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September 29, 2023

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IRS scam lures people into identity theft trap

When journalism professor Melissa Spirek received an e-mail from the IRS, she knew something wasn’t right.

“The IRS usually uses postal, not e-mail,” Spirek said.

After opening the e-mail, Spirek checked the IRS Web site and discovered the e-mail sent to her was a scam.

The most recent e-mail scam, described on the IRS Web site, claims the IRS has “calculated its fiscal activity” and had concluded the taxpayer is entitled to a refund, usually amounting to $63.80. The taxpayer is then directed to a site titled “Get Your Tax Refund,” which mirrors the “Where’s my Refund?” page of the real IRS Web site.

The false Web site asks taxpayers to enter their Social Security information, filing status, and, unlike the real IRS page, credit card or bank account number. The real IRS page asks for the exact amount of the refund instead of credit card information.

“The IRS does not send e-mails to taxpayers to advise them of refunds or to request financial information,” the IRS site said.

University computer science professor Ron Lancaster said phishing scams are more prevalent now because of an increased amount of user-friendly software.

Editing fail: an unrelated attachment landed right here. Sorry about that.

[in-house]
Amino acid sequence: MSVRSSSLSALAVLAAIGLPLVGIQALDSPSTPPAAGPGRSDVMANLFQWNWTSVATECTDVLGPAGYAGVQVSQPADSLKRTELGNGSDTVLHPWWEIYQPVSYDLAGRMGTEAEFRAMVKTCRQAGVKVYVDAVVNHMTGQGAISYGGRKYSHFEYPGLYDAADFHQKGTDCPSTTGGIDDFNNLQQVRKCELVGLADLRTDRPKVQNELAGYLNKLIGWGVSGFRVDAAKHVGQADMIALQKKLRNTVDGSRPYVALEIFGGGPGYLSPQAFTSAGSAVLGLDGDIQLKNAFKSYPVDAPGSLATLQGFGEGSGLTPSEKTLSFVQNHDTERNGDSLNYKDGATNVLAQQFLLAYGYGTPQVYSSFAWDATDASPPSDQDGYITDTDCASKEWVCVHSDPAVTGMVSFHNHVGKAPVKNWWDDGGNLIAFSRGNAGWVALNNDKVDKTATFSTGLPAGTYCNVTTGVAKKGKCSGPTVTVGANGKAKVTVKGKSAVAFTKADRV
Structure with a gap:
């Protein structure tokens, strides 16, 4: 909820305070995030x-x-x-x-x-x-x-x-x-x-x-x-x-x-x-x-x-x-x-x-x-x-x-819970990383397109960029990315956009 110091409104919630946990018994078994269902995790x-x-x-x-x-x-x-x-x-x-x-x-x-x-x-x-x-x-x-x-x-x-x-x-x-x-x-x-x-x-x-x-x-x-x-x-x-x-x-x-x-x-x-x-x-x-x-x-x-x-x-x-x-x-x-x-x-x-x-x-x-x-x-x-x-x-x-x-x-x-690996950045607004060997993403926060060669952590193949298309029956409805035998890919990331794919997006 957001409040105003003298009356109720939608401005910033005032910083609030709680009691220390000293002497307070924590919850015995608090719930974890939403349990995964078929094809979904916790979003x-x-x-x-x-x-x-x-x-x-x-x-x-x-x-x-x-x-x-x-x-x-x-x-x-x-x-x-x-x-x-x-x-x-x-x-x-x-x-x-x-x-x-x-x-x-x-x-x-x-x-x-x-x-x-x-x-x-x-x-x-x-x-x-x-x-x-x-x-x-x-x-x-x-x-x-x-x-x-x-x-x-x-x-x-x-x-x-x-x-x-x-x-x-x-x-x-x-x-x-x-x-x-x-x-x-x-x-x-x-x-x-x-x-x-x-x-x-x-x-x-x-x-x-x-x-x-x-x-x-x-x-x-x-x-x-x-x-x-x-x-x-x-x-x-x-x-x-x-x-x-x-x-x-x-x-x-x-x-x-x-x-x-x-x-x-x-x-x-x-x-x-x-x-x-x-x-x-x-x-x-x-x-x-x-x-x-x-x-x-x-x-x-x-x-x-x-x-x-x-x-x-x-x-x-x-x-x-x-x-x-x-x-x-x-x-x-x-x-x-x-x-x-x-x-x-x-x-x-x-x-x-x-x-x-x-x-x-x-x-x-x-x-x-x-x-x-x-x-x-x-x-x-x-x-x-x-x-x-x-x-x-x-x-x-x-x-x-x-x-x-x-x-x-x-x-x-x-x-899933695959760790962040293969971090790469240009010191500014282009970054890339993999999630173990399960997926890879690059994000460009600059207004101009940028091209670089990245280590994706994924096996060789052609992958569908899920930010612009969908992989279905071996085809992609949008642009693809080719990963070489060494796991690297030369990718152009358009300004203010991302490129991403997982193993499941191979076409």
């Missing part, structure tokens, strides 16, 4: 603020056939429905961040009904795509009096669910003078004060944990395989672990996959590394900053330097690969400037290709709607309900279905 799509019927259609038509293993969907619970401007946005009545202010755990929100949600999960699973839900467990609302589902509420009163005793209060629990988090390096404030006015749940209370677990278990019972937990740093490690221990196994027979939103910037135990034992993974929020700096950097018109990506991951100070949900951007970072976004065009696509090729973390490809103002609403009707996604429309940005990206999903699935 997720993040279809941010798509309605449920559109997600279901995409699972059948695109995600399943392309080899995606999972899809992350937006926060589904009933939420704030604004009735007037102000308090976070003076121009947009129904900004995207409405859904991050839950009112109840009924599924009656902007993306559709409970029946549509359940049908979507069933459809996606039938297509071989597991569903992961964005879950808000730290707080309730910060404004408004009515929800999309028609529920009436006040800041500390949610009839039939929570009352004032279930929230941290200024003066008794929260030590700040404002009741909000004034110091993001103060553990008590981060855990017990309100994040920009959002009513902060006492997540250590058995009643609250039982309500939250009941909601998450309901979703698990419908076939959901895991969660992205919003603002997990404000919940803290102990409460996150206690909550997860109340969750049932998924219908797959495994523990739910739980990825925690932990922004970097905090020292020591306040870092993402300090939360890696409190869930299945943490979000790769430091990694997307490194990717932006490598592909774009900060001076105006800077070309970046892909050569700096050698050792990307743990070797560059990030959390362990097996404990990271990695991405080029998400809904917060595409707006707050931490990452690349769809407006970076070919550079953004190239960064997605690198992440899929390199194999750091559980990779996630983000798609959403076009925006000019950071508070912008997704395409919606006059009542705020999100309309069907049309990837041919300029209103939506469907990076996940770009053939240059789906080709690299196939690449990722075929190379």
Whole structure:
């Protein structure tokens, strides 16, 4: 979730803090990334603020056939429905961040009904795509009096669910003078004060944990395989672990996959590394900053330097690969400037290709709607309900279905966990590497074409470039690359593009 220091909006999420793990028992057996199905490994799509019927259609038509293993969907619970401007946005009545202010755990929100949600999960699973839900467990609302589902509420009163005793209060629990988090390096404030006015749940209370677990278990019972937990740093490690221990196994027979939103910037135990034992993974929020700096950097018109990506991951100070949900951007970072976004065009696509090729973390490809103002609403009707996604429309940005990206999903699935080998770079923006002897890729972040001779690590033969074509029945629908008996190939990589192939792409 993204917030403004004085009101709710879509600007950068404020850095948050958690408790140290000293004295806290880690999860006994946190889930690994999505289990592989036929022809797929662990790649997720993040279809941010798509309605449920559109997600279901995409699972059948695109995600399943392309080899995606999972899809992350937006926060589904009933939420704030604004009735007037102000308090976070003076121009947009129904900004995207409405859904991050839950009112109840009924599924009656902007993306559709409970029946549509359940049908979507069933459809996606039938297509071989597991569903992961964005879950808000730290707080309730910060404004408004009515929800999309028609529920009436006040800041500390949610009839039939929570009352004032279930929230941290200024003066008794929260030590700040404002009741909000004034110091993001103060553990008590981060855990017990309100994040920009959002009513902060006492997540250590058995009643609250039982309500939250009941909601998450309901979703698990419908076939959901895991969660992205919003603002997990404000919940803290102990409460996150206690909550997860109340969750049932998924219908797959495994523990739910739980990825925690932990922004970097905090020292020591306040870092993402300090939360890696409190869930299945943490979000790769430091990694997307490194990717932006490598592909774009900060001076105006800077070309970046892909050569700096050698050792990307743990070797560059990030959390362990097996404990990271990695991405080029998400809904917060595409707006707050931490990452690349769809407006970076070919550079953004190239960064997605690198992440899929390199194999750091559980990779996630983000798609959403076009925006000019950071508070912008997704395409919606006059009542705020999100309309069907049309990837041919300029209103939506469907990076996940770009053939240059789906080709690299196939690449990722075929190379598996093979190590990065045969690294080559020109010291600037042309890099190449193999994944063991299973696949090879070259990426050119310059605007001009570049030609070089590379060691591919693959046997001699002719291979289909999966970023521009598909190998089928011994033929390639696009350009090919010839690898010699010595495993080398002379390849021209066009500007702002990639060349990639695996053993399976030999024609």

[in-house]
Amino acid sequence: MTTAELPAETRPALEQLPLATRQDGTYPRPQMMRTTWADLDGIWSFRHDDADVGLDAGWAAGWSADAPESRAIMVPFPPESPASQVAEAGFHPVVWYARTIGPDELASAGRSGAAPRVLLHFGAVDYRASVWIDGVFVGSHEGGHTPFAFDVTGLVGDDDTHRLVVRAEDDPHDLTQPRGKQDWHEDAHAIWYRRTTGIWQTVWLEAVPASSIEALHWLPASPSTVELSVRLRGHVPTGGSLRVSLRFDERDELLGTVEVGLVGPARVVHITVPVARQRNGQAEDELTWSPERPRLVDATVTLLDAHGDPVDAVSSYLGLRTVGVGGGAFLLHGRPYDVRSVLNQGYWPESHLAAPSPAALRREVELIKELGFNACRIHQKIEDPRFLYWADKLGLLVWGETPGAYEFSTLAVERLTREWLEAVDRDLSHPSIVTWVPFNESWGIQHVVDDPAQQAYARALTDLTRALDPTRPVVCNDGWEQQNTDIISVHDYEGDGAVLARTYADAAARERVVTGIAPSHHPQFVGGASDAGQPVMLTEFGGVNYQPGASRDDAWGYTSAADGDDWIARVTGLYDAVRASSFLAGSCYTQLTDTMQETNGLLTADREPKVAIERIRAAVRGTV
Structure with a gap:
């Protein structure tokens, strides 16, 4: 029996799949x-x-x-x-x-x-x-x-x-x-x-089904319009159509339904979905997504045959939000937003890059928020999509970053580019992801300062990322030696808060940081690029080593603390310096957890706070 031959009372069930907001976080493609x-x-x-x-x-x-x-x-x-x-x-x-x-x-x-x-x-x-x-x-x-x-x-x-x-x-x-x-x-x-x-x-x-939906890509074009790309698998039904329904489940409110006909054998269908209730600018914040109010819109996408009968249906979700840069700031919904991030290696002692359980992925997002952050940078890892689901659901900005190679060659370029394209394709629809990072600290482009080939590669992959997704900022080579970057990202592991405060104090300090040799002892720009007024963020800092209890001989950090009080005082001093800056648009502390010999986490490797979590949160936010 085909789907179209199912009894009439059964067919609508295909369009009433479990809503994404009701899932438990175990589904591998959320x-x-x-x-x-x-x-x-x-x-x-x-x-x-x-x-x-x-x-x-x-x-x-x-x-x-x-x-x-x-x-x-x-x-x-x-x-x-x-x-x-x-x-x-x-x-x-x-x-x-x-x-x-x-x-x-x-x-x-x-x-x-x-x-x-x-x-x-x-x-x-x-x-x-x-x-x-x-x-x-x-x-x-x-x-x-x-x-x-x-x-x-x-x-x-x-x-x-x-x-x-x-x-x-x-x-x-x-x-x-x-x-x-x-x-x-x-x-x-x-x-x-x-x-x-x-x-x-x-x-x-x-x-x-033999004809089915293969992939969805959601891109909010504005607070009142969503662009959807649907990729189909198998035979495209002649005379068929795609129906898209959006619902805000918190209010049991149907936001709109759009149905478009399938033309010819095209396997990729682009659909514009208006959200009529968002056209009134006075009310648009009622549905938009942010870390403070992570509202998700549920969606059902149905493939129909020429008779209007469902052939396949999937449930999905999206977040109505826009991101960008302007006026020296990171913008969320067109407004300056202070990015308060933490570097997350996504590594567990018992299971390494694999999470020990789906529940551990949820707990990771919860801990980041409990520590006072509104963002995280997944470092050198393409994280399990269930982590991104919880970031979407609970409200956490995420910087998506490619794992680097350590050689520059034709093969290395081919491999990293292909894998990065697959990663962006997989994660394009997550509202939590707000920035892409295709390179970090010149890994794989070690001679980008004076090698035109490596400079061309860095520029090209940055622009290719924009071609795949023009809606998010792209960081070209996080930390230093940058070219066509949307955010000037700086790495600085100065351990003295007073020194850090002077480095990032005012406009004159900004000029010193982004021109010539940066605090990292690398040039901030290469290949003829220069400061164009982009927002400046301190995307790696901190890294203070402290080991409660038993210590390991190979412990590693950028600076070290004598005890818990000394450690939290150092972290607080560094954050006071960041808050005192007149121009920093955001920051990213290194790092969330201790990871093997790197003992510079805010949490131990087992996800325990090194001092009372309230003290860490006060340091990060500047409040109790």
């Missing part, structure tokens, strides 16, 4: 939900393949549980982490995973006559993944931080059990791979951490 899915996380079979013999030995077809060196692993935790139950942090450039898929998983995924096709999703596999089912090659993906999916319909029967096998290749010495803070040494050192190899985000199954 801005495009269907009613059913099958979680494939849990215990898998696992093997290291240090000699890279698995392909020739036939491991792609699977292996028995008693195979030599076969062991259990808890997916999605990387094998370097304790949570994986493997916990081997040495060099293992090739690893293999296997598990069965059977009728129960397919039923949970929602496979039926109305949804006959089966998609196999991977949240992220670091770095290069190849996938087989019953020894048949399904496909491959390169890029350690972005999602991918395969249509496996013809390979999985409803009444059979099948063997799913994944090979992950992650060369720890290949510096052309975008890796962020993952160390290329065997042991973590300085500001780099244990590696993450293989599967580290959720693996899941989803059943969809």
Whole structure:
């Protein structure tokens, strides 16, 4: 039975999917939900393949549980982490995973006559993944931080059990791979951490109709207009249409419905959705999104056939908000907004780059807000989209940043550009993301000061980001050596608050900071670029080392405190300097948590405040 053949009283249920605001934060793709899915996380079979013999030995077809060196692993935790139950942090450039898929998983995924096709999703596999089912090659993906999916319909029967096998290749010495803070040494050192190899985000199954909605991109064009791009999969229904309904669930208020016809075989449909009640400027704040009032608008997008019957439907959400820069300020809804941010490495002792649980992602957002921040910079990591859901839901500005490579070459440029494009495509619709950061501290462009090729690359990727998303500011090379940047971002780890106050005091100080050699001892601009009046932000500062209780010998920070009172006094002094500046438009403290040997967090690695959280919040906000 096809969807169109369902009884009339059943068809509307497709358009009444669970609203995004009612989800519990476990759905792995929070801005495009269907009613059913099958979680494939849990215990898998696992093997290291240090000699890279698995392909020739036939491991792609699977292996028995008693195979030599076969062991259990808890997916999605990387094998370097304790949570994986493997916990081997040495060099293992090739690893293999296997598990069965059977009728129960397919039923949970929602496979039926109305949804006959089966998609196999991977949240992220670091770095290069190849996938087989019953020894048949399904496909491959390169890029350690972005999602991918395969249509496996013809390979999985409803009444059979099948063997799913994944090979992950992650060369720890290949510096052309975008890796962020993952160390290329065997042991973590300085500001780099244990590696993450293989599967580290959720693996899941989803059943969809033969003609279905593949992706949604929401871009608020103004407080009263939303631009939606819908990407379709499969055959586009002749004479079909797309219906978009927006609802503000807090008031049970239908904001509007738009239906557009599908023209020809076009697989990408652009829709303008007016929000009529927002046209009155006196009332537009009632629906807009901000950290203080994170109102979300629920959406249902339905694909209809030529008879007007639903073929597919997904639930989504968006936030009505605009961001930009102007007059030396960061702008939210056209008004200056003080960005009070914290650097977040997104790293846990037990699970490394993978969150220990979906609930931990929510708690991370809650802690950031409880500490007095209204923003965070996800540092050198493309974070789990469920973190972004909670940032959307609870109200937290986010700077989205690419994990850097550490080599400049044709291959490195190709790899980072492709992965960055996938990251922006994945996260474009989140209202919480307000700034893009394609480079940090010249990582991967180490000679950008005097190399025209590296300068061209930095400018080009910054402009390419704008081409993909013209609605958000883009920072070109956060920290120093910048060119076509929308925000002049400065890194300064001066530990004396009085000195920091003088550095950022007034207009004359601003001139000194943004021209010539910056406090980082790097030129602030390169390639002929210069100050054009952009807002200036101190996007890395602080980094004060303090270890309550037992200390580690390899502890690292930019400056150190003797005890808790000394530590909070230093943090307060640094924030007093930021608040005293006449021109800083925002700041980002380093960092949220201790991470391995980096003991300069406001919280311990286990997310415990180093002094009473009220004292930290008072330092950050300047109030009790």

“Phishing” is a broad term for when Internet frauds and scammers trick victims into revealing personal information, such as Social Security and credit card numbers.

“I think there are more players in this game,” Lancaster said. “I think the tools are there to enable people if they want to go to the trouble to [create a scam].”

Lancaster pointed out every graphic on a given Web page is downloadable, making it simple to make a Web page or e-mail look legitimate. HTML creates opportunities to disguise links in e-mails, leading the user to the scammer’s site, as opposed to the listed, legitimate site.

“You can do whatever you want with it,” Lancaster said.

Lancaster has had experience with other e-mail scams from people claiming to be from banks, Web sites (, for example) and credit card companies.

“In my situation, I just delete them. Most banks recommend you [forward] them,” Lancaster said.

Any suspicious e-mails claiming to be from the IRS can be forwarded to [email protected] or addressed by calling 1-800-366-4484. The IRS uses the information from the e-mail to find and shut down fraudulent sites.

Since this system was put into place last year, more than 30,000 e-mails have come in, uncovering about 400 phishing scams, the IRS Web site said. Sites have been traced to 55 different countries, including the United States.

For complete information on reported scams, taxpayers can visit,,id=155682,00.html.

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